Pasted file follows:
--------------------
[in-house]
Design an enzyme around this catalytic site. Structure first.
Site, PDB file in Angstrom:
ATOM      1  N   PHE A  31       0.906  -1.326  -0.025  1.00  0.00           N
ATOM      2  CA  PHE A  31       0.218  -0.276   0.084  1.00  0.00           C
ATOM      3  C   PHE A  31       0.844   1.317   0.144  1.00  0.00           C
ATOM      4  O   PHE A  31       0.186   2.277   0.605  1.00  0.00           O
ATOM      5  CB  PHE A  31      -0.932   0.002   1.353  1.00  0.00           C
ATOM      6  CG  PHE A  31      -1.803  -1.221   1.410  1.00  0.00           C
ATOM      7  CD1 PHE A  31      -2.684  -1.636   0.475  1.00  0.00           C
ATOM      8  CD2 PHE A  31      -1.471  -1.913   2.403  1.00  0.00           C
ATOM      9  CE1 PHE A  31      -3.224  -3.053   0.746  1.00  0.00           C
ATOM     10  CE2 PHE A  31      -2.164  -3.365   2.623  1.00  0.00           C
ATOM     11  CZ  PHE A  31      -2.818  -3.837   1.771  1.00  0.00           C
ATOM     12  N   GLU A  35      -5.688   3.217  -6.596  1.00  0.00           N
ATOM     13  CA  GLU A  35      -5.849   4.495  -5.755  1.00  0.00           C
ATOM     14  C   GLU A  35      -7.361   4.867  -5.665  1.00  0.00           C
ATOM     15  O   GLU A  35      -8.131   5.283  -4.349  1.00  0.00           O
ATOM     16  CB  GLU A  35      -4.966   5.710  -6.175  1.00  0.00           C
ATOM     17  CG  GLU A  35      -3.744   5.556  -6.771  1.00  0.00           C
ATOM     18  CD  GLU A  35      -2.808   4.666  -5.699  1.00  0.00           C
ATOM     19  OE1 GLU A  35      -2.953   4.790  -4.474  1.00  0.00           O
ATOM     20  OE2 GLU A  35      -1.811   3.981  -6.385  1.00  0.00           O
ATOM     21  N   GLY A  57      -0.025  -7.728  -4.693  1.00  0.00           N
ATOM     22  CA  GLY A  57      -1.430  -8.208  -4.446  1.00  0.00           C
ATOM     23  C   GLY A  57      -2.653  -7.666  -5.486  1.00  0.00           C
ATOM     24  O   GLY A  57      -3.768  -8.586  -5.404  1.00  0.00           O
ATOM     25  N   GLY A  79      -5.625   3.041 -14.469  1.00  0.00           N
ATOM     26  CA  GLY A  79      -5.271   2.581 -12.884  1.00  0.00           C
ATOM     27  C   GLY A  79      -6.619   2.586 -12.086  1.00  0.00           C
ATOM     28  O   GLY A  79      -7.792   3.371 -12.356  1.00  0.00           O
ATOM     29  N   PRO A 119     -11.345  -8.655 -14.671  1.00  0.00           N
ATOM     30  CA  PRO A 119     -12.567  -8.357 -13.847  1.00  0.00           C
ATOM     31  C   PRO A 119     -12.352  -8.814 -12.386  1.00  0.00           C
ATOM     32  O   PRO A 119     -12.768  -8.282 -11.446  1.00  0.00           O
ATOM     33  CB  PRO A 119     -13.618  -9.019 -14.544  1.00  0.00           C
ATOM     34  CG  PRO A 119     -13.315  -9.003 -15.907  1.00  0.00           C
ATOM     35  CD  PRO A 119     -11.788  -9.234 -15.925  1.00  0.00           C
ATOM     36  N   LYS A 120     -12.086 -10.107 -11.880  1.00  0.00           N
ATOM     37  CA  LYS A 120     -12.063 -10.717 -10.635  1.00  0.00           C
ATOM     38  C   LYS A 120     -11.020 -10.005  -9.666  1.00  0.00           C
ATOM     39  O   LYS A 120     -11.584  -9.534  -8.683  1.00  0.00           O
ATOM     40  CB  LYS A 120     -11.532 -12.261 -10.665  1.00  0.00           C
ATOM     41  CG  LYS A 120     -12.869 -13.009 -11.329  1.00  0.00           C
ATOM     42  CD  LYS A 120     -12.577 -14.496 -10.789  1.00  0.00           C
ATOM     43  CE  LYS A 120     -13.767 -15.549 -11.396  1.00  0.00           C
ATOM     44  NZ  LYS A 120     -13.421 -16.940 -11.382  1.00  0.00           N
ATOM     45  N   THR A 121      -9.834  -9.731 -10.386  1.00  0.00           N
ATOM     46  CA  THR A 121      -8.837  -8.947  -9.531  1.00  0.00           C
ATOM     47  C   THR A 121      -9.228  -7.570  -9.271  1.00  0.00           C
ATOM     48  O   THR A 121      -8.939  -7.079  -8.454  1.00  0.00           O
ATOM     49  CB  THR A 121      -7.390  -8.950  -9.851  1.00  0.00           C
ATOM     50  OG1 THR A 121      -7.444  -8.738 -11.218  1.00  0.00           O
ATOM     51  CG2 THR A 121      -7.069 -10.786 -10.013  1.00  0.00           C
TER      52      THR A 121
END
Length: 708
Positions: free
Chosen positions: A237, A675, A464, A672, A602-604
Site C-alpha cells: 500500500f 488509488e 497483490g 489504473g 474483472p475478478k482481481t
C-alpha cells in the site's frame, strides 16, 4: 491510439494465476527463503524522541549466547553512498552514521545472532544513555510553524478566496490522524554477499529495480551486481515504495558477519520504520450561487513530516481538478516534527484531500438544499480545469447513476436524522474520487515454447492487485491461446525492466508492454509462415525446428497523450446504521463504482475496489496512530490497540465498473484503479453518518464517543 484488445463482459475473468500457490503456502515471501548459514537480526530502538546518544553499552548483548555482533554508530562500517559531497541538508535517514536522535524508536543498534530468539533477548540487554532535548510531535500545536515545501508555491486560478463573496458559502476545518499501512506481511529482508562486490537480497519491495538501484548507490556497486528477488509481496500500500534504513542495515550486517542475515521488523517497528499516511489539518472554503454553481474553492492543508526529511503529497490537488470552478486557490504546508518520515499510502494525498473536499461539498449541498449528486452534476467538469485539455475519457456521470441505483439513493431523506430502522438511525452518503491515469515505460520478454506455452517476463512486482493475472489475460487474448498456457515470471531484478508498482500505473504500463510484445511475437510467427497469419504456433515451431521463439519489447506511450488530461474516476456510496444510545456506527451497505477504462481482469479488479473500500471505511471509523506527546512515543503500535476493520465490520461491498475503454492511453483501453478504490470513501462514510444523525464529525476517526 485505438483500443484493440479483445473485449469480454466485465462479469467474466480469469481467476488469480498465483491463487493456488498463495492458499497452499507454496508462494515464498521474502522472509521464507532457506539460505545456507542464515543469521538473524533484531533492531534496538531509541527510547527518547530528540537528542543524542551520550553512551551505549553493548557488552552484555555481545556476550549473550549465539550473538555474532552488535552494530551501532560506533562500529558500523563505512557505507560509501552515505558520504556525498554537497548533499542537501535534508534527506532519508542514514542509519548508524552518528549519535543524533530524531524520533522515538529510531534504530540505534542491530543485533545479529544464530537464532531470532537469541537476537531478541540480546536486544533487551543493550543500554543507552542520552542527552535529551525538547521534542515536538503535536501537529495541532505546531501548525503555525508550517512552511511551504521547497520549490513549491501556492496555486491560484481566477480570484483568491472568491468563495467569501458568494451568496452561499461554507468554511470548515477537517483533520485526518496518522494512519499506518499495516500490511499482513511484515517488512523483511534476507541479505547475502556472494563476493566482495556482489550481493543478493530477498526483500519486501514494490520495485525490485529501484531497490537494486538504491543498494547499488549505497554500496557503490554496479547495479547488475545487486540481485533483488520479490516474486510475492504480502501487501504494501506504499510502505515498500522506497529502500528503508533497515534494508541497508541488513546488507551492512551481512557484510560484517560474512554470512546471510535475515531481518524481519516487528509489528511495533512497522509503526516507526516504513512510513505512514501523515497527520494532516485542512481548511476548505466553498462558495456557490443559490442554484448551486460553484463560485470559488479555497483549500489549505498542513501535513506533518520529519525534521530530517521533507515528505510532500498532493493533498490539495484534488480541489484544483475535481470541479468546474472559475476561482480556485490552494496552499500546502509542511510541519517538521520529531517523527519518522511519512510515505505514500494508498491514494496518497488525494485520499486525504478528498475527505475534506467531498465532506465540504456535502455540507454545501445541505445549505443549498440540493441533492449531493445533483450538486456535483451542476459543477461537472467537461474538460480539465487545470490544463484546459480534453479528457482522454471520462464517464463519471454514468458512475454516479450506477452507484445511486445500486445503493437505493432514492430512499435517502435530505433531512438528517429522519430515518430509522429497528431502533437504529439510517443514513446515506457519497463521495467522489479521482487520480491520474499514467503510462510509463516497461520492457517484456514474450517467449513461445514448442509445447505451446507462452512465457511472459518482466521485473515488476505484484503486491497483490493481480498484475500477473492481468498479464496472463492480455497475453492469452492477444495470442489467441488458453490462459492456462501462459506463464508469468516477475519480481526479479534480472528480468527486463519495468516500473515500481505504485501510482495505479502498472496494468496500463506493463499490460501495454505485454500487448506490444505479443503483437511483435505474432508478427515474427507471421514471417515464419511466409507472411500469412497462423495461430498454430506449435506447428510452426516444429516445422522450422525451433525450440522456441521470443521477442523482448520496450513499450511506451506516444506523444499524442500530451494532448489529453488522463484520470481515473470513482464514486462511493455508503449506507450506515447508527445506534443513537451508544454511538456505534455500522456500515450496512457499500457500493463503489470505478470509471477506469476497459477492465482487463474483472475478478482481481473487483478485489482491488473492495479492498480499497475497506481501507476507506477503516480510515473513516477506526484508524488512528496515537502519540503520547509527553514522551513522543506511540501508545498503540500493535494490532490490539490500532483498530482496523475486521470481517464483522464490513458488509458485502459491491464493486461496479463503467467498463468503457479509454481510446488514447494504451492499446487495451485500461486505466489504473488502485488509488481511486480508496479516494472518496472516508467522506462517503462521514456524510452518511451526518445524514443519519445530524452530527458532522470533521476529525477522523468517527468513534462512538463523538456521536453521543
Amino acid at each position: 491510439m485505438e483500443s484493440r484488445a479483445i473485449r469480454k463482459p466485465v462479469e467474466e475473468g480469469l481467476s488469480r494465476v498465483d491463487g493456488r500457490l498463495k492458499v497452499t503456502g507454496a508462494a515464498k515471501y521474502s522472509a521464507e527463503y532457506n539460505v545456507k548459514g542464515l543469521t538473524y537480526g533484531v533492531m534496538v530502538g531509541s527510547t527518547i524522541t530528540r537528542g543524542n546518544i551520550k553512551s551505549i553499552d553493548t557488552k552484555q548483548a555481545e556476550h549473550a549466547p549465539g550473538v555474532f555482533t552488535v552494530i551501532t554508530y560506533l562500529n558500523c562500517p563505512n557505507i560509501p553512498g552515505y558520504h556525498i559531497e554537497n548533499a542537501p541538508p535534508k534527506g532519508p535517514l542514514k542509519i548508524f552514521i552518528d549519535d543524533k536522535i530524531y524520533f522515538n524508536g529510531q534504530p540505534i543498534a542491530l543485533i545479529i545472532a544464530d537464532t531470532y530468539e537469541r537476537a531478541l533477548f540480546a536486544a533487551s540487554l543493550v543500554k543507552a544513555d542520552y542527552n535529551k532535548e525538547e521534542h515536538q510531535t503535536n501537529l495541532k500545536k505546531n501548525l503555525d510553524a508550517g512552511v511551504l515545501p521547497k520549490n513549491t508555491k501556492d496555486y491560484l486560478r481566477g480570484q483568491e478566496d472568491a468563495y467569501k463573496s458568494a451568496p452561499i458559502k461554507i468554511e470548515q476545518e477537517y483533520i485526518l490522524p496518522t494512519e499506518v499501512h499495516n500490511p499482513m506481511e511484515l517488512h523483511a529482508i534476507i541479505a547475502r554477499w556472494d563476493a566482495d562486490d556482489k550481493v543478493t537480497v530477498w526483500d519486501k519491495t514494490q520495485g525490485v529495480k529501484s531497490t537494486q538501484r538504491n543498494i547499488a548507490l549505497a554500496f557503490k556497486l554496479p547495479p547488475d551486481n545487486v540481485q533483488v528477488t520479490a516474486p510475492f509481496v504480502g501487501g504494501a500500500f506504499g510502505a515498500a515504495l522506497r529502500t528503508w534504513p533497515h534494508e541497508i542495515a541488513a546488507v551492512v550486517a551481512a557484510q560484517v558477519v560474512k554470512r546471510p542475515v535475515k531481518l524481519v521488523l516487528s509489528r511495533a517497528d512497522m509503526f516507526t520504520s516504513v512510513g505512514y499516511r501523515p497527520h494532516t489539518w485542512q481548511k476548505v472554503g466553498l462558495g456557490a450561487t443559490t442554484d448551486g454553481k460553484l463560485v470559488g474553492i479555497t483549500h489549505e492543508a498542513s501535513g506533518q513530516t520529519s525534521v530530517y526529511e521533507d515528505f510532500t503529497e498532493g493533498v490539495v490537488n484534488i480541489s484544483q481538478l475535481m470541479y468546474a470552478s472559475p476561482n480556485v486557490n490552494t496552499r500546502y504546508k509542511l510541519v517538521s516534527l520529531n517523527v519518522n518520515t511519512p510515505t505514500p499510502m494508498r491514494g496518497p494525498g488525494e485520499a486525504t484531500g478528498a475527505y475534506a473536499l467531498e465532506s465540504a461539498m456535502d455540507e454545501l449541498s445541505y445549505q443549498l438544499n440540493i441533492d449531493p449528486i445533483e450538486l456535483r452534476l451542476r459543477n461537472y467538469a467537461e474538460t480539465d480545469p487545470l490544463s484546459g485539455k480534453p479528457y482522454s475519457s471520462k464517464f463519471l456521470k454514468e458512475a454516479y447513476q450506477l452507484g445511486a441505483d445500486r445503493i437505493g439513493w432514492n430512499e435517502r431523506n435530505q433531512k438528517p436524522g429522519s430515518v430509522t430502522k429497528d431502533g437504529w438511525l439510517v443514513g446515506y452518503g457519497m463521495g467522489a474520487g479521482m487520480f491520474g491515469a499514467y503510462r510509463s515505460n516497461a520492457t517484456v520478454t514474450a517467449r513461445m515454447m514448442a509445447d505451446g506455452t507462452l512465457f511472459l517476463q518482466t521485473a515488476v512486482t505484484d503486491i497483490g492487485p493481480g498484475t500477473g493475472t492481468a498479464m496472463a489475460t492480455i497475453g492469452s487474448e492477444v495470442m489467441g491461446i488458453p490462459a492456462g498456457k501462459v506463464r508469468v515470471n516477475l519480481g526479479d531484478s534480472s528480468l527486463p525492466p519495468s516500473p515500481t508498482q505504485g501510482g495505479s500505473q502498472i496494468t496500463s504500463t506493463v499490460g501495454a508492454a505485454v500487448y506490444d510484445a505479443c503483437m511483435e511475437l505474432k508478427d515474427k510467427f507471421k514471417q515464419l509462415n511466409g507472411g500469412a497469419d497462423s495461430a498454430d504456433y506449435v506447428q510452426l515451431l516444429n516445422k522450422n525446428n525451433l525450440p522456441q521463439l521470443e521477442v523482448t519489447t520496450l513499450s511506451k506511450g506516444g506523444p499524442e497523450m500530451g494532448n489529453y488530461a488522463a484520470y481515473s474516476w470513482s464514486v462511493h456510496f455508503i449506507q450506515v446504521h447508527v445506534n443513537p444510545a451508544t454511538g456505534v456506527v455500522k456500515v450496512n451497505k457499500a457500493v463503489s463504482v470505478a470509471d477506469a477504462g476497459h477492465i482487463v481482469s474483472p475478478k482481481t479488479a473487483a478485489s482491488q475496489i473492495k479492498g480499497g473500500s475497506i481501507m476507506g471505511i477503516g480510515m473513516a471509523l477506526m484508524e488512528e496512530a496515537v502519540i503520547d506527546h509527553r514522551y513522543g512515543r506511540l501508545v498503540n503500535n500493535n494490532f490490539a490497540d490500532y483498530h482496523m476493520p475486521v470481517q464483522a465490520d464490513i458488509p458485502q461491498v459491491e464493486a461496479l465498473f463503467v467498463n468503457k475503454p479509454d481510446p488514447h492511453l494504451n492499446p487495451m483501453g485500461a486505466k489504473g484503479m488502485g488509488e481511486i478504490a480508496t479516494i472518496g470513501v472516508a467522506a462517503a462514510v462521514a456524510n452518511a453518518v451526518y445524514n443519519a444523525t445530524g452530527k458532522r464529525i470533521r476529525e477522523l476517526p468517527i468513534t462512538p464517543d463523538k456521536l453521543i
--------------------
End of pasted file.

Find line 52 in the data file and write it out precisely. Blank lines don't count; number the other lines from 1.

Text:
ATOM     49  CB  THR A 121      -7.390  -8.950  -9.851  1.00  0.00           C